Before I start a quick congratulations to Will and Louisa, my brother and sister-in-law, on the birth of their daughter Anna Constance on 02 August, which is easy to remember because it was Lucy and I’s wedding anniversary. Being an Uncle to a niece as well as nephew is pretty exciting!
28 June 2013
The not unusual sound of rain hitting my tent greeted me when I awoke, so I decided to have breakfast in bed and hoped it would stop. It did eventually so I clambered out, receiving my first shower of the morning as cold rain water ran off the canvas and down my neck. Now thoroughly awake I checked my bike and discovered another broken spoke I hadn’t noticed the day before. Luckily I had spares so I swapped in a new one. This was the first time I’d changed a spoke without assistance, and I followed Simon from Topmark’s advice; the bike shop I’d stopped at in Barrow-in-Furness.
I was able to remove the old spoke, leaving the nipple in the rim, and then thread in a new spoke and join it up, so I didn’t have to disassemble the entire wheel, bonus! I had to bend things around a bit but it worked fine, and after about 20 minutes of adjustments I was satisfied the wheel was straight and nothing was going to rub.
The rain and bike maintenance, followed by a shower and packing up, meant I didn’t leave the campsite until 10.30ish, bidding goodbye to the only other campers post a quick chat. The little girl wanted to know if I’d been woken up by the police sirens in the night, or the drumming, I hadn’t, having a tendency to sleep quite deeply once wrapped up in my tent. I hoped the weather improved for them.
I rode towards Abergele, joining the A547 along the coast. I wanted to avoid the busy and potentially dangerous A55 after yesterday’s experiences on dual carriageways. Just outside Abergele lies an impressive looking castle, which I subsequently learned is Gwrych Castle. It was built between 1812 and 1822, and is currently undergoing restoration with a view to converting it into a hotel – not sure how that work is going. Unfortunately I didn’t get any decent photos of it from the road, due the high curtain wall, so the one below is from google.
It fell into a bit of a derelict state after a succession of owners, then being vandalised, lived in by travellers, and suffering from collapsed floors, ceilings and the odd fire, so it obviously needs a lot of work. It could look like a fairy tale castle, with its follys and extensive grounds, so hopefully something good will happen. If I won the lottery, or earned loads of money somehow, I’d consider buying it if it wasn’t so far away from everywhere.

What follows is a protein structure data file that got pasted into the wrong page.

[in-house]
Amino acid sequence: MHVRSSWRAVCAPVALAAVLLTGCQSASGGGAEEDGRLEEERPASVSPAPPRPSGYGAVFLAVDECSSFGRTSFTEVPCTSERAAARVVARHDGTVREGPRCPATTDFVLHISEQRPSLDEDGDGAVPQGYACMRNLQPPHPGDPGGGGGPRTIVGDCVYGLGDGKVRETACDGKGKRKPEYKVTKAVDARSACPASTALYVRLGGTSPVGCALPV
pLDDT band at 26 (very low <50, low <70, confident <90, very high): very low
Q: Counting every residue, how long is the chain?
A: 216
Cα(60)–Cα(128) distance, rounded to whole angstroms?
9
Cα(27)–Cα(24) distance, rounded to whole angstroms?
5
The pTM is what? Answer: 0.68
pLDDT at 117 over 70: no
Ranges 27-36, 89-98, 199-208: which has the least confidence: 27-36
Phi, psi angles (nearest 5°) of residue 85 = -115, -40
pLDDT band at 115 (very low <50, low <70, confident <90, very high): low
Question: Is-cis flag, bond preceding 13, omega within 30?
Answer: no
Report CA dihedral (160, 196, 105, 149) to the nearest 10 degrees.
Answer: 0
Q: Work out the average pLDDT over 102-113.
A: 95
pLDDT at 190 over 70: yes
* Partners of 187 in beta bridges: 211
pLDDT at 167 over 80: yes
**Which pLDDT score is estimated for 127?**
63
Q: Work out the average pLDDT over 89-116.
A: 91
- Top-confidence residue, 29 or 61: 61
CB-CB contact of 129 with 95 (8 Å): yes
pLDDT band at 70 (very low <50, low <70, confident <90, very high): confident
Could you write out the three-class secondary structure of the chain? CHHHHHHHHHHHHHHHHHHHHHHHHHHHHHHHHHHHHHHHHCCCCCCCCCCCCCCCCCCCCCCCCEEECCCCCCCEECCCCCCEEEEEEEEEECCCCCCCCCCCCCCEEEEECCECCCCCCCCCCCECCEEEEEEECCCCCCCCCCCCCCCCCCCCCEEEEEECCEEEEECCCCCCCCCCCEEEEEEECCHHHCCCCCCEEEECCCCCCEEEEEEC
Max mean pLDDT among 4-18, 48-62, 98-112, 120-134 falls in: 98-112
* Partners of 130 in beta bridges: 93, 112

Continuing on my way I pedalled around to Colwyn Bay, having to negotiate at least one hill in the process.
I rode along the promenade to Rhos-on-Sea, before rejoining the road to Llandudno.
Up until Llandudno there’d been few hills to contend with, and the rain had mostly held off aside from the odd patch of drizzle, so things were looking promising. Llandudno itself seemed a pleasant place, with a wide promenade you can cycle along to Great Orme’s Head, which looms over the town.
I stopped in Llandudno for a bite to eat, and took advantage of some wifi to check my route and schedule. I reckoned I had around 1,300 miles left to get around to London, as long as I didn’t throw in any more islands or detours, which was just about doable by 17 July. As usual I’d make up my route as I went along, and stop when I found somewhere nice, that’s about as far as my advanced planning goes really. I only needed to keep the coast on my right, and ensure I averaged around 75 miles a day.
Unfortunately the rain set in post post Llandudno, coming down pretty hard, and I was quickly drenched – not that my shoes had had chance to dry out anyway. My waterproof had definitely seen better days and was leaking in several places, serving only to trap a layer of warmish water close to my skin, which I guess was better than being cold.
I rode over the bridge to Conwy and Conwy Castle, and opted to take the old suspension bridge into town.
The bridge is run by the National Trust, having originally been built by Thomas Telford in the early 19th century as part of the large scale road improvements between Chester and Bangor.
I enjoy looking at old feats of engineering and majestic buildings such as Conwy Castle, and often wish we put as much effort into elegant construction these days as our forebears did in past centuries.
The castle was built in the late 13th century, by that old favourite Edward I, during his conquest of Wales; he certainly liked his wars. It saw fairly active service over the years, before being partially slighted after the English Civil war and subsequently falling into ruin. It’s been restored since, and stands proud above the River Conwy as a World Heritage Site.